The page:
Downsized from five bedrooms to one, these Tucsonans have managed to pack plenty of style into 500-square-foot home. -By Gillian Drummond -Photos by A.E. Araiza
Richard Steen and Jefferson Bailey downsized in the extreme when they gave up their five-bedroom, four-bath house in Armory Park for the quaint little one-bedroom house next door.
Not that they didn’t know what they were getting into; they had lived in the small house after Bailey bought it in 1986, neglected and abandoned. A year later, he bought the 4,000-square-foot house next door, which they fixed up, too. And that became their home.
And although they always intended to move back into the small house eventually, the move wasn’t easy. In two decades, they had expanded to fill the larger property and had acquired an army of beds, dressers, lamps and pieces of art.
But Bailey, who works with the Southern Arizona AIDS Foundation and is a deacon at St. Andrew’s Episcopal Church, came here from New York City and had had his share of living in tiny apartments. And Steen, a teacher at Holladay Intermediate Magnet School, says he quickly grew hardened to the process of sifting, selling and throwing out.
“It’s hard at first, because you go through a box and go, ‘Remember when . . .?’ and you put it in the ‘save’ box. But it got to be really easy after a while, and you could breathe easier with each thing you tossed out,” says Steen, 56.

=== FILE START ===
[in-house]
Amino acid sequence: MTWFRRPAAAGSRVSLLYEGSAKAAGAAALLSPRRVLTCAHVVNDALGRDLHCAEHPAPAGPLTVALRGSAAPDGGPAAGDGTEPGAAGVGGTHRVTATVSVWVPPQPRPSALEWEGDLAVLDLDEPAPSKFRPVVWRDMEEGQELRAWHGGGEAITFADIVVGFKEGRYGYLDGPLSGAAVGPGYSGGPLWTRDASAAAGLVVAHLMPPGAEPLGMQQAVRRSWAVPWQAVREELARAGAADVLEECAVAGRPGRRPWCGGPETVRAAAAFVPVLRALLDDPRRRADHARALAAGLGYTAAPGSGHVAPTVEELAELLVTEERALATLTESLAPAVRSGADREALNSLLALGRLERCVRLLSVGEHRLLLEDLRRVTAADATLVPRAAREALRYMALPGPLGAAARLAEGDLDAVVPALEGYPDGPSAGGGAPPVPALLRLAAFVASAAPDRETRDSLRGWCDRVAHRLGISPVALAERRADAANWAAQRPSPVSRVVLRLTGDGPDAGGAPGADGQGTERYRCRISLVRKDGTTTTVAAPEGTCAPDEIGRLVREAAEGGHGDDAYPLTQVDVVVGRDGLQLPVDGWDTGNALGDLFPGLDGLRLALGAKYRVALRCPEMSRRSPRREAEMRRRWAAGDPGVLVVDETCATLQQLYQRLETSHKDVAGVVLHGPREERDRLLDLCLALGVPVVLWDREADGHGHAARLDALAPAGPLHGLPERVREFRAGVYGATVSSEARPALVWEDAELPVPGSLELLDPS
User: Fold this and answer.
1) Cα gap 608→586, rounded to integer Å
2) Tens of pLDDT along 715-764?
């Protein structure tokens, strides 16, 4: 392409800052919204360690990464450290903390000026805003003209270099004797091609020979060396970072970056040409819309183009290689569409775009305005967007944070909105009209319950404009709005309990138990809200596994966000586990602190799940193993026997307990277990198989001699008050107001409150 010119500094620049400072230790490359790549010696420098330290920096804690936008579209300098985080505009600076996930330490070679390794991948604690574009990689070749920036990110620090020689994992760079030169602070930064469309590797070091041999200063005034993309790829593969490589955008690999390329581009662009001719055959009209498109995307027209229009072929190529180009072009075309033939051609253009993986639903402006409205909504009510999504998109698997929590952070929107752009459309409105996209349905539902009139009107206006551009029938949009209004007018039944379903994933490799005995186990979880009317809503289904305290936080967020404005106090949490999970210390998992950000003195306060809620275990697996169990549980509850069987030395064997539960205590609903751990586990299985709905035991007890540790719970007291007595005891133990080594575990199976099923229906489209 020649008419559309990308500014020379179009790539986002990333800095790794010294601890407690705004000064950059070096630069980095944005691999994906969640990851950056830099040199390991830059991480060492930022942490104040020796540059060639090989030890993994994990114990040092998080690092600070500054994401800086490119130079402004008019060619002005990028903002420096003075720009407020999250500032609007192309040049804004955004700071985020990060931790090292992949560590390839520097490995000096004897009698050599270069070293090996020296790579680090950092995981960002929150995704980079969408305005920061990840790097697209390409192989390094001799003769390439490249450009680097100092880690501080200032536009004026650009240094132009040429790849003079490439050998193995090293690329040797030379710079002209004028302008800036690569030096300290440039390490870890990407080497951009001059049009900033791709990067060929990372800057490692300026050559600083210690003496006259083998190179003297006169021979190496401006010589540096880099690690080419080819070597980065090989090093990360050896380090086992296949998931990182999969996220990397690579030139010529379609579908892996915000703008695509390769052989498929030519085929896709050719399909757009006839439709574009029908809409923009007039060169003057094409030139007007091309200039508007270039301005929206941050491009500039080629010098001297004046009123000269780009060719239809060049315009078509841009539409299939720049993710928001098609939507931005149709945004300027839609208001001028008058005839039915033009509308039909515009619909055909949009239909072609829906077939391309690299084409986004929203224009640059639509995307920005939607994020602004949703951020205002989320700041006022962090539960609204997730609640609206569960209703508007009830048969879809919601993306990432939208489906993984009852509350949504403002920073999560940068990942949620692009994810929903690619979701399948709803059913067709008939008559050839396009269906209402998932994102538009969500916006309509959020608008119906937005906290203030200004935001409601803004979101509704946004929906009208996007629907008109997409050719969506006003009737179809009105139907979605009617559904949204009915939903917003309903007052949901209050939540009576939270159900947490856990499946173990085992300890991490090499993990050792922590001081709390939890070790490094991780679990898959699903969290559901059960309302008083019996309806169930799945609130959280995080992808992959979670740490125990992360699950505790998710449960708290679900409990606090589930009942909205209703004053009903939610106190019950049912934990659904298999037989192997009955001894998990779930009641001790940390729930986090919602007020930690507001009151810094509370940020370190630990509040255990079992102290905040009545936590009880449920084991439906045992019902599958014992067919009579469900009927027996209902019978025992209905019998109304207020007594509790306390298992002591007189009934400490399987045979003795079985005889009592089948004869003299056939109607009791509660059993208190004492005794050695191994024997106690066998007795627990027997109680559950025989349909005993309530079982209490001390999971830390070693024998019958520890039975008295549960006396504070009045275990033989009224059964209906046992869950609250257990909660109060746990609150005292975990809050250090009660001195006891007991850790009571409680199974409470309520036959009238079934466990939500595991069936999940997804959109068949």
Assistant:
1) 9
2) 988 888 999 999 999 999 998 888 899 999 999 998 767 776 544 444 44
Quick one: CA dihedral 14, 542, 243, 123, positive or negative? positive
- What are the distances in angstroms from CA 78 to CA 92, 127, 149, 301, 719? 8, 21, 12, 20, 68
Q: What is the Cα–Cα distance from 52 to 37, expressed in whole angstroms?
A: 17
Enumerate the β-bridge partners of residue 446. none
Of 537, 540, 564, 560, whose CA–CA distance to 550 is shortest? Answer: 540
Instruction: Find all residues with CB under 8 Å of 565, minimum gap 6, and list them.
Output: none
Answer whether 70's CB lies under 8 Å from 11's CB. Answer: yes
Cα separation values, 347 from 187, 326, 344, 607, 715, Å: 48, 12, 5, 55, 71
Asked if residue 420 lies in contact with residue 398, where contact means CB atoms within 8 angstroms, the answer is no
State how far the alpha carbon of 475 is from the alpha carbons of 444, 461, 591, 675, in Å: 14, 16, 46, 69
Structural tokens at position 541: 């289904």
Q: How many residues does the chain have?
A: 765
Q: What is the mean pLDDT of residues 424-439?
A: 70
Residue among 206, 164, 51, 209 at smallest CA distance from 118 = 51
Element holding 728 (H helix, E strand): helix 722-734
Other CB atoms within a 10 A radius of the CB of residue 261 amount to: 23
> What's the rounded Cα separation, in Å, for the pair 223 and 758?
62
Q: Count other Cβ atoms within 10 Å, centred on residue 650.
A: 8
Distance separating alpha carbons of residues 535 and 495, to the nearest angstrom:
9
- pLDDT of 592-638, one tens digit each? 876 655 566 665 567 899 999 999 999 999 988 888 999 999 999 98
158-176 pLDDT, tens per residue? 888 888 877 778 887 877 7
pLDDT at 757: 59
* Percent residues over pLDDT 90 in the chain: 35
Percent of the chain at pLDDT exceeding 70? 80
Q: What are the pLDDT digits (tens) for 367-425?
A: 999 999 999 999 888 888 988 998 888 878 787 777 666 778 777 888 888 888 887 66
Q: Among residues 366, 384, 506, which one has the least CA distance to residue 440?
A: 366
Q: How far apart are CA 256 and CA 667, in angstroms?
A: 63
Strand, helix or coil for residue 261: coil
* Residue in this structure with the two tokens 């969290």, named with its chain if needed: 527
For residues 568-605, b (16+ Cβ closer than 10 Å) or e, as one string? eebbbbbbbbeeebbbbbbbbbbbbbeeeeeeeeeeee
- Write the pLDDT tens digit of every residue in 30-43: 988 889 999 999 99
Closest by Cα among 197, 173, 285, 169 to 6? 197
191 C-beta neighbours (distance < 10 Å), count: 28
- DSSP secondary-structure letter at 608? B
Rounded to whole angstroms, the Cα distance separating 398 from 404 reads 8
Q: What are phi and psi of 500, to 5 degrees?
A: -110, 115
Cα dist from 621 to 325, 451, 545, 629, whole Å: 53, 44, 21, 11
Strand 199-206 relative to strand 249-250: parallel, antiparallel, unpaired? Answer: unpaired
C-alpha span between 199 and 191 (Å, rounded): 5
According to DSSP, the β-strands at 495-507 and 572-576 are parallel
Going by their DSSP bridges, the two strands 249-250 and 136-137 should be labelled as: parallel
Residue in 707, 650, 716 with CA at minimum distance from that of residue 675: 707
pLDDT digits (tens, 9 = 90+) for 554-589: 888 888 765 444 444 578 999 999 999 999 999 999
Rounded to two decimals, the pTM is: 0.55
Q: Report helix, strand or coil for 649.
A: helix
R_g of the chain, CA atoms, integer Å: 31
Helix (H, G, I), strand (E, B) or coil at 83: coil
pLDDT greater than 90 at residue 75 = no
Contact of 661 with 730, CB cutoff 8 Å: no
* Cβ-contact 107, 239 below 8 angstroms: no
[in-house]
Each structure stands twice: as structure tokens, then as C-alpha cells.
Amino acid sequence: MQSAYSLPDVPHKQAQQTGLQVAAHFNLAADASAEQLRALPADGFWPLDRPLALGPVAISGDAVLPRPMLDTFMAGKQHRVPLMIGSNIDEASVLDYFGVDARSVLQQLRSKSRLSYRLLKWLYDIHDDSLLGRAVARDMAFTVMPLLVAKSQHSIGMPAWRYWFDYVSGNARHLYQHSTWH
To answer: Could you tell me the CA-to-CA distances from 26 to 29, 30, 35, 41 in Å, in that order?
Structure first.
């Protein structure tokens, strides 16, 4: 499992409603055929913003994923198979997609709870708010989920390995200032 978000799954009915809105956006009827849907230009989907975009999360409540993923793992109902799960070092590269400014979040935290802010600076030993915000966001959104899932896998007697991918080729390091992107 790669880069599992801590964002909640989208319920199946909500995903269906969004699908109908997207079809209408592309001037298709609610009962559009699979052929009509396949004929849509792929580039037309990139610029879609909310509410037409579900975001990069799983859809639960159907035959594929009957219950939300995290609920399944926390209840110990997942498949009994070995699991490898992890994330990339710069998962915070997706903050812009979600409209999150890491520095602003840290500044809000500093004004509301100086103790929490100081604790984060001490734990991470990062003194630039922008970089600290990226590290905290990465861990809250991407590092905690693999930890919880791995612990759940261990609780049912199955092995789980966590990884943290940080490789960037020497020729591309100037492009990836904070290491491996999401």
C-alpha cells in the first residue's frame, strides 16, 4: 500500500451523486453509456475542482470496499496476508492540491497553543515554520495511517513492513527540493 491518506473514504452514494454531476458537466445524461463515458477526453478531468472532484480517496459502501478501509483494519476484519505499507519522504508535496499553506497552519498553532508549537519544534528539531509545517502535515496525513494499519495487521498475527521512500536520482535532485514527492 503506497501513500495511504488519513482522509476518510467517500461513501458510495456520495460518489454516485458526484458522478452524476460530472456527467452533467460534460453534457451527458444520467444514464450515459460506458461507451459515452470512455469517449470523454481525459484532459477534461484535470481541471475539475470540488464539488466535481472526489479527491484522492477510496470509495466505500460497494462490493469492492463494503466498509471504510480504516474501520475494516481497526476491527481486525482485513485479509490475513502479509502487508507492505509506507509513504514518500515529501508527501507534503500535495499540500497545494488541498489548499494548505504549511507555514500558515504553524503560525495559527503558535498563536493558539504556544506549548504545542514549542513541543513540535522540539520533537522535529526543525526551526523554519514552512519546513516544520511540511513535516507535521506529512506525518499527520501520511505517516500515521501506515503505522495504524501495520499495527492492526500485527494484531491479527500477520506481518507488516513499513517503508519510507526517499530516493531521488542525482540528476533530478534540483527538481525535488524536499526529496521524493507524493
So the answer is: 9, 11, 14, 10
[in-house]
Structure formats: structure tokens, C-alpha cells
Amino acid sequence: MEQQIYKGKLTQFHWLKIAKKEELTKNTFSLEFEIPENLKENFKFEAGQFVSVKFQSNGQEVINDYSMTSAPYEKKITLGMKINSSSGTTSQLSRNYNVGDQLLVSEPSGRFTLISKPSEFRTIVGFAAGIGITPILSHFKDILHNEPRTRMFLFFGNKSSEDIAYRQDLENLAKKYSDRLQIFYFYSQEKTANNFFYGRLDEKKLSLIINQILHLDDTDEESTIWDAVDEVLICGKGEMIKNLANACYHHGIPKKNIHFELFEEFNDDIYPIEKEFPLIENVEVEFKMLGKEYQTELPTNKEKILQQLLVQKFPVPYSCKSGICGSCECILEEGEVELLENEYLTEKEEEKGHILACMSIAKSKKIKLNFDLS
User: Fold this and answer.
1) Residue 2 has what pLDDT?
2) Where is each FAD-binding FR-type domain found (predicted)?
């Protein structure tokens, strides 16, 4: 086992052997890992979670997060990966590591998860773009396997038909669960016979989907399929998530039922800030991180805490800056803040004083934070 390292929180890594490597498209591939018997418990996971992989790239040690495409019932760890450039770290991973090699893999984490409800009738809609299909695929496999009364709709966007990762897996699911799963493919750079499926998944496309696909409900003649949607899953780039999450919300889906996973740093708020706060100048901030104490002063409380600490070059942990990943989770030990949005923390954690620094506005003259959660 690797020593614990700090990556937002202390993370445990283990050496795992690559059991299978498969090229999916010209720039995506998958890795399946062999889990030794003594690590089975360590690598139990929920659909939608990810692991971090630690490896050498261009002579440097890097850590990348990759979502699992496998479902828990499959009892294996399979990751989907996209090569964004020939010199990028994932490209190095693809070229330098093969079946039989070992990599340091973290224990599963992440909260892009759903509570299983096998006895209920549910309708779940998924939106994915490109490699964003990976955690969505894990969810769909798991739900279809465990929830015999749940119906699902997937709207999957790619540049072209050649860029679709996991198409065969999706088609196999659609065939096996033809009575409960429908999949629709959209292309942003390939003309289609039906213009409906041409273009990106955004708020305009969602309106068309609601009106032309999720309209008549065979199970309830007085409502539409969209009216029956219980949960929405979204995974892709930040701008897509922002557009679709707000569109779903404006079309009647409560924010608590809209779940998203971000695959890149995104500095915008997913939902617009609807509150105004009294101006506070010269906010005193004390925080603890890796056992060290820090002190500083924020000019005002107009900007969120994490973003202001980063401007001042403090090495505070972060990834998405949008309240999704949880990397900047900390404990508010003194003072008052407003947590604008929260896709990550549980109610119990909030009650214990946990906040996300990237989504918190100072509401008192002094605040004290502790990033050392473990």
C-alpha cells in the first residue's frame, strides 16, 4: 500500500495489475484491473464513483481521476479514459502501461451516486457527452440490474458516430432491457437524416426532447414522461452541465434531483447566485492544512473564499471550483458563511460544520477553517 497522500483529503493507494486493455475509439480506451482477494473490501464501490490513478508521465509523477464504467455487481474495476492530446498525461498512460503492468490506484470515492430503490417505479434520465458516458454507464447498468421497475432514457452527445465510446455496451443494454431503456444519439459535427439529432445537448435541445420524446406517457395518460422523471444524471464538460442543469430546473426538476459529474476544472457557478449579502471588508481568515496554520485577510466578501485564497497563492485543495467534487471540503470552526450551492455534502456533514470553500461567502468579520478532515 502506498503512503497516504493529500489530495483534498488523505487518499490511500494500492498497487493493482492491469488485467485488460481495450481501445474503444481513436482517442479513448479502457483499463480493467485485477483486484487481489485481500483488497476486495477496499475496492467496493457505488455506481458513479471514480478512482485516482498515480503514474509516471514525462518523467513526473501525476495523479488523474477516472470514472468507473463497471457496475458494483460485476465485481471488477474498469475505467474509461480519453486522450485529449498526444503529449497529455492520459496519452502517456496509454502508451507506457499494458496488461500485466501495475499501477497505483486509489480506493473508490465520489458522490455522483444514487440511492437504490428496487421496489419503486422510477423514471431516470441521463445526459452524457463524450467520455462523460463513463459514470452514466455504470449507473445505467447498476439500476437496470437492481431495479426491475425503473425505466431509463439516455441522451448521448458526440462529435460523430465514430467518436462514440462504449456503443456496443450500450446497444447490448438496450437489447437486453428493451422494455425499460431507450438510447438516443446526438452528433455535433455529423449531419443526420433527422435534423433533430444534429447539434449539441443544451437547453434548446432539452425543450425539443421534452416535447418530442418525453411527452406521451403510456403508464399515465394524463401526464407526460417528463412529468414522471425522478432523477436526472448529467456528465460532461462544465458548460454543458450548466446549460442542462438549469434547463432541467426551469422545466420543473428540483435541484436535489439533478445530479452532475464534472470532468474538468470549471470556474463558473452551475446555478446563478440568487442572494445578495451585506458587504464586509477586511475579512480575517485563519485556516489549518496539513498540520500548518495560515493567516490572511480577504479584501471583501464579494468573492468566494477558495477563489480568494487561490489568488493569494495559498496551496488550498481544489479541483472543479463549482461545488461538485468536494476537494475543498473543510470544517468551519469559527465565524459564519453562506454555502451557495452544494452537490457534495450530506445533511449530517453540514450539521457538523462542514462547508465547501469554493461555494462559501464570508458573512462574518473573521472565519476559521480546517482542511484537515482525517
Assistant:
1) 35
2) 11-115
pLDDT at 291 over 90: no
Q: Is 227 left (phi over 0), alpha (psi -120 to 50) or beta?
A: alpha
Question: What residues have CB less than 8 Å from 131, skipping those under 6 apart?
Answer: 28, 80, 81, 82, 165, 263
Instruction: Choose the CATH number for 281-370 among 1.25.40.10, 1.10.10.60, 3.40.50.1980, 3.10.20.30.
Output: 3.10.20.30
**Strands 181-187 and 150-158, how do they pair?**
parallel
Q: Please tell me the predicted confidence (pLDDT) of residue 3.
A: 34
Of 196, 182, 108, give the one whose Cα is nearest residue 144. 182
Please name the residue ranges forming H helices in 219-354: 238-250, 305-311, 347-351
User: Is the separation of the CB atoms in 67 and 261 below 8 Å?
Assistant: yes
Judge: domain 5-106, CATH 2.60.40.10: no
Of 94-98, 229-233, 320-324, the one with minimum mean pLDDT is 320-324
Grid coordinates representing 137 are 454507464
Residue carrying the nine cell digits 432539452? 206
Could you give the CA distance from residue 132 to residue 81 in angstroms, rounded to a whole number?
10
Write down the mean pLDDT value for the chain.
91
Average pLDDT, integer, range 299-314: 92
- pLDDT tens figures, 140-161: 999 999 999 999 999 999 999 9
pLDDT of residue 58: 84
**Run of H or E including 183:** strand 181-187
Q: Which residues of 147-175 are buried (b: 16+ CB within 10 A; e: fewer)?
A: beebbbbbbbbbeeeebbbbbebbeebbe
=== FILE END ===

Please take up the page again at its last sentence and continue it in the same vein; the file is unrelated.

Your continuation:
The process continues, says Bailey, 64. “And I imagine it always will. One needs to consider twice before buying anything to add. I think of need or greed, and that helps.”
As for their clothes — which fit on one rail of a 5-foot-wide armoire in their bedroom — Steen is philosophical.
“There are really only 12 or 14 things you wear. Then there are the ‘This was for my sister’s wedding’ and ‘I may need a tuxedo sometime’ or ‘I may fit into it again one day,’ ” he said.
But as well as space-saving techniques, there are surprises. A grand piano meets you just beyond the front door, the walls heave with art, and the furniture is neither small nor minimalist but, in keeping with the Victorian feel of the whole place, ornate, wide and big — a collection of family heirlooms and finds from estate sales and more.
When he bought it, Bailey had the ceiling raised, laid a pine floor and knocked down walls (it had been converted into separate apartments when he bought it).
In the two years since they’ve moved back, they’ve spent $50,000 remodeling their bathroom and kitchen, each black and white with shades of gray.
With Steen’s background as a former landscape designer, it’s not surprising that they’ve turned the expansive backyard into a leafy retreat. There’s a line of fruit trees, a chinaberry tree for shade, plenty of pots and a vegetable garden. Steen is all set to acquire some chickens, too.
A narrow pool runs along one side, and at the bottom of the garden there’s a small structure that serves as a laundry room, guest room and extra personal space. There, Bailey has created a cozy nook with an antique bed surrounded by his family photos.
He takes his daily siesta here if Steen happens to be at home. Because, Bailey says, “of course we sometimes get under each other’s feet.”
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